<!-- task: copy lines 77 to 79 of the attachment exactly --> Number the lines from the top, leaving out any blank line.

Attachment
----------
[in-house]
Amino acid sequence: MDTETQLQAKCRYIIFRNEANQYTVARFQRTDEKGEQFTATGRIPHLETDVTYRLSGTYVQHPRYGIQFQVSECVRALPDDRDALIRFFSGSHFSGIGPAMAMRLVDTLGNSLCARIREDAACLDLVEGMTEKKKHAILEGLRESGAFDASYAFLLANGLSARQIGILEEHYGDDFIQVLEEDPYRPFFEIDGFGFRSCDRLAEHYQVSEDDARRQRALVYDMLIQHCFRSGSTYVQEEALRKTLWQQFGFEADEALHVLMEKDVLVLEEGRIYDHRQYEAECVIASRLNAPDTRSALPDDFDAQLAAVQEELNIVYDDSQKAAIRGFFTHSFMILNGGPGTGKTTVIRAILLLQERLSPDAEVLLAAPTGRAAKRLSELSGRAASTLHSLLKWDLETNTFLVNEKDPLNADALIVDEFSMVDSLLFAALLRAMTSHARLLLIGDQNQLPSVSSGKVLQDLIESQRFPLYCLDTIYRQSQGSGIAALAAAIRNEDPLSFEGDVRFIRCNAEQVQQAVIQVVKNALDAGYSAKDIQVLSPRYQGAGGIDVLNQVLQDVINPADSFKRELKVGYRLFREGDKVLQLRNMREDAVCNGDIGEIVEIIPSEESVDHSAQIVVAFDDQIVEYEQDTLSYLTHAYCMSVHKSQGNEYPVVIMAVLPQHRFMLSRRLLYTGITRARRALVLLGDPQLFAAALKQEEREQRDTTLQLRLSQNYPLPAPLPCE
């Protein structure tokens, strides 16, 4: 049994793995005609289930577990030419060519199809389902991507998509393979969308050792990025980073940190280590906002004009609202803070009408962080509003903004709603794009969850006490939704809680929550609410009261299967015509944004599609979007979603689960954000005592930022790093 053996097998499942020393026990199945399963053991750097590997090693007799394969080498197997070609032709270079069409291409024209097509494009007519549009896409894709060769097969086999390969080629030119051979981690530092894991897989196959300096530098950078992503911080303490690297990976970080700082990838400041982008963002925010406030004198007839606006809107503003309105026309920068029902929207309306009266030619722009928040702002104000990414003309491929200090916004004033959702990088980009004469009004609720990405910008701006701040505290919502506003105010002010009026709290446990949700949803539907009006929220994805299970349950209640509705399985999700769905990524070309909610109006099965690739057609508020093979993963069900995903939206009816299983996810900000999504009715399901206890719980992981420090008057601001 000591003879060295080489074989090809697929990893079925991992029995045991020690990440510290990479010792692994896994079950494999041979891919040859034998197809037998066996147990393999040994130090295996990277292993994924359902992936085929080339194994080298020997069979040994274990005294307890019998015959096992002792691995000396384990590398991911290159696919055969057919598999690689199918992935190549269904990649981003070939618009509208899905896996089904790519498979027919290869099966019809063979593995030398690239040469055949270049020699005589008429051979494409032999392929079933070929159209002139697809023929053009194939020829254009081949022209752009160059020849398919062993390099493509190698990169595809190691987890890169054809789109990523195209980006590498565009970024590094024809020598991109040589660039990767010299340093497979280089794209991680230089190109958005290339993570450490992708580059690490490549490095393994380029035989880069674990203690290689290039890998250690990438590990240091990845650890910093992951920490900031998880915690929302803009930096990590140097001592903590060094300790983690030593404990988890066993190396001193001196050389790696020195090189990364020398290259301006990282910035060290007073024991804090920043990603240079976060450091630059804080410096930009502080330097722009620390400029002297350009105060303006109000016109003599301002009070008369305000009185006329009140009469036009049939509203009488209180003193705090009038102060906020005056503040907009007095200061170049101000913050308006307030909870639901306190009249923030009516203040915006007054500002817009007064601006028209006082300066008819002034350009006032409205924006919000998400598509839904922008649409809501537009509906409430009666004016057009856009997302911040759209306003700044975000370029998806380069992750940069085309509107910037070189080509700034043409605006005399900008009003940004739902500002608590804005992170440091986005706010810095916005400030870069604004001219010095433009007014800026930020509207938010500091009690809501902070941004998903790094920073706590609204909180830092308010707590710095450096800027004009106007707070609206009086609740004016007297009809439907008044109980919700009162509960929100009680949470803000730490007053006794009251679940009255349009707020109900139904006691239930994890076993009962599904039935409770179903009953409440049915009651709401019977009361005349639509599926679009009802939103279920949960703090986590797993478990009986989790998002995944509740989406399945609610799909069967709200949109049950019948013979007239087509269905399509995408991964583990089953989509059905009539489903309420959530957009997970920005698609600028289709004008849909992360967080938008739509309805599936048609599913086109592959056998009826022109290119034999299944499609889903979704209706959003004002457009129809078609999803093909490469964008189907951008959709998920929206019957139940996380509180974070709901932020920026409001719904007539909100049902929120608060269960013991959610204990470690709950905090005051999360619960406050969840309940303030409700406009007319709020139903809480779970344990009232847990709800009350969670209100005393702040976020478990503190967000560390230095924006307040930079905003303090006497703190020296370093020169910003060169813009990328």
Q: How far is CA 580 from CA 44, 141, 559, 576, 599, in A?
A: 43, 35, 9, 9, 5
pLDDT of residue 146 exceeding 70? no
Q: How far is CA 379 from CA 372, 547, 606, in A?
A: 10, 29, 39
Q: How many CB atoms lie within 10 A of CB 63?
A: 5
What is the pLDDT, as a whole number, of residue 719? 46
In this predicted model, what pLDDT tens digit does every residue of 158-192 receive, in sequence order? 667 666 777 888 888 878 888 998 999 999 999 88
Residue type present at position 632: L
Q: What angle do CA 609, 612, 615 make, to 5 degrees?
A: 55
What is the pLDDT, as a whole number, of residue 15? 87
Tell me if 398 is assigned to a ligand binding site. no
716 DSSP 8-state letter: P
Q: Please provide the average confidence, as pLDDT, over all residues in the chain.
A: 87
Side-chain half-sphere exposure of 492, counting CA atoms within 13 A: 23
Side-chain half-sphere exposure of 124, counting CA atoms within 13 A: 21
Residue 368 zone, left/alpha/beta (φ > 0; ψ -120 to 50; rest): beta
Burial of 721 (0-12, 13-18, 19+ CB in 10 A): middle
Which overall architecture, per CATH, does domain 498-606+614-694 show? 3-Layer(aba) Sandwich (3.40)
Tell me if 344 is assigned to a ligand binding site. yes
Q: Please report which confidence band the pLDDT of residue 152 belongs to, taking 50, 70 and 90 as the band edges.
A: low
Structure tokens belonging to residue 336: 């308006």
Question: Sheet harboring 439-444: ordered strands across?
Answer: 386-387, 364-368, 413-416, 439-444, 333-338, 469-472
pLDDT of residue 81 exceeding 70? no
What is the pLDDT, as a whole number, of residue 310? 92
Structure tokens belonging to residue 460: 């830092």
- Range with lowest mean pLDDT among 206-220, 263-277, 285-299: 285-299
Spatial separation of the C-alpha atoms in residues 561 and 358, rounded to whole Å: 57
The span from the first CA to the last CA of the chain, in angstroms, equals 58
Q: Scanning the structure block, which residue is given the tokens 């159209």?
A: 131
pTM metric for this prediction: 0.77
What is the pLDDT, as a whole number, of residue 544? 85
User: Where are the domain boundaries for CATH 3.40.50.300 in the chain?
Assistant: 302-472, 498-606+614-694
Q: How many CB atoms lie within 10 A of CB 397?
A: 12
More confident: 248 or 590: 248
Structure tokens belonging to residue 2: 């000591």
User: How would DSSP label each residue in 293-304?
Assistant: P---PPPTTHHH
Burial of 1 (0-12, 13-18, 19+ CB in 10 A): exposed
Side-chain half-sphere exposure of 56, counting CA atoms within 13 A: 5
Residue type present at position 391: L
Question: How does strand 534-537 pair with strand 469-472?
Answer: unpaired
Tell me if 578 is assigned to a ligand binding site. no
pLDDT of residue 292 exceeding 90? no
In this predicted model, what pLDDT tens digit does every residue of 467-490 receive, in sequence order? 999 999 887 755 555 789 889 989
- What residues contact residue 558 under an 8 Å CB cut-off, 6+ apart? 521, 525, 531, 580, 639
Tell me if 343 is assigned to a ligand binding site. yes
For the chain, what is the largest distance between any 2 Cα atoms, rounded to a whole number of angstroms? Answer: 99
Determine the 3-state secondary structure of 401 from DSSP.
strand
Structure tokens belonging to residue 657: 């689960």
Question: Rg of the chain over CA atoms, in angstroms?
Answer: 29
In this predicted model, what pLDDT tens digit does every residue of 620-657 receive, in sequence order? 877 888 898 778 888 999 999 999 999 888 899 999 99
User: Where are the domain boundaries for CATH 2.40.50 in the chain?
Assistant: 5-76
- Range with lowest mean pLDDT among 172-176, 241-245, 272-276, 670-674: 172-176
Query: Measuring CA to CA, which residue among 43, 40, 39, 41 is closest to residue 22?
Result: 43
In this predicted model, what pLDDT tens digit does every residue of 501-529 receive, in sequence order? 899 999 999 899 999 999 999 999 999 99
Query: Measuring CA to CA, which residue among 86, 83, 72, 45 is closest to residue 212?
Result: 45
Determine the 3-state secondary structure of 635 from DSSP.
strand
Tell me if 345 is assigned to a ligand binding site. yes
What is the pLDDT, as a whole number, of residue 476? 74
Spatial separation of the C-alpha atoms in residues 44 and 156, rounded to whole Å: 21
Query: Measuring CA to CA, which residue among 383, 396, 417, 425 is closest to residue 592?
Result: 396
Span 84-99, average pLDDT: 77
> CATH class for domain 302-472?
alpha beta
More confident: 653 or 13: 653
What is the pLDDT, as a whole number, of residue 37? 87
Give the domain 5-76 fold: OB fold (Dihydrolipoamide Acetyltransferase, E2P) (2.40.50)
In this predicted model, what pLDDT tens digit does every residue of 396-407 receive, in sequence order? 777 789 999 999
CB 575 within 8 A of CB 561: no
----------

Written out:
Tell me if 345 is assigned to a ligand binding site. yes
What is the pLDDT, as a whole number, of residue 476? 74
Spatial separation of the C-alpha atoms in residues 44 and 156, rounded to whole Å: 21